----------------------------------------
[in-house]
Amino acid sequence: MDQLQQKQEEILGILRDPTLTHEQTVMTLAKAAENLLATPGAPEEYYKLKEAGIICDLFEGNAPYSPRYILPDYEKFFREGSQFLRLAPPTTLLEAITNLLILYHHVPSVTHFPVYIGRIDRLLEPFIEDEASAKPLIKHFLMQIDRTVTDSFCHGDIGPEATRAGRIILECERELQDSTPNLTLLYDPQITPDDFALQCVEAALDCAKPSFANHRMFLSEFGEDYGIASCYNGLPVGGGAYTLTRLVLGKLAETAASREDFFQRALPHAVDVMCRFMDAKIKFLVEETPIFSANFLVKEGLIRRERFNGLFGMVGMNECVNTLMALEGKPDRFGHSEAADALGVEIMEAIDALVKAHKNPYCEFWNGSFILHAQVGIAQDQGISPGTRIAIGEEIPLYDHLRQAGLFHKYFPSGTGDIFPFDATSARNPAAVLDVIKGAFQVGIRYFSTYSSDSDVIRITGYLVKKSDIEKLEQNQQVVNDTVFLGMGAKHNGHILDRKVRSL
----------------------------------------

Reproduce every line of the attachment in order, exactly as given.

[in-house]
Amino acid sequence: MDQLQQKQEEILGILRDPTLTHEQTVMTLAKAAENLLATPGAPEEYYKLKEAGIICDLFEGNAPYSPRYILPDYEKFFREGSQFLRLAPPTTLLEAITNLLILYHHVPSVTHFPVYIGRIDRLLEPFIEDEASAKPLIKHFLMQIDRTVTDSFCHGDIGPEATRAGRIILECERELQDSTPNLTLLYDPQITPDDFALQCVEAALDCAKPSFANHRMFLSEFGEDYGIASCYNGLPVGGGAYTLTRLVLGKLAETAASREDFFQRALPHAVDVMCRFMDAKIKFLVEETPIFSANFLVKEGLIRRERFNGLFGMVGMNECVNTLMALEGKPDRFGHSEAADALGVEIMEAIDALVKAHKNPYCEFWNGSFILHAQVGIAQDQGISPGTRIAIGEEIPLYDHLRQAGLFHKYFPSGTGDIFPFDATSARNPAAVLDVIKGAFQVGIRYFSTYSSDSDVIRITGYLVKKSDIEKLEQNQQVVNDTVFLGMGAKHNGHILDRKVRSL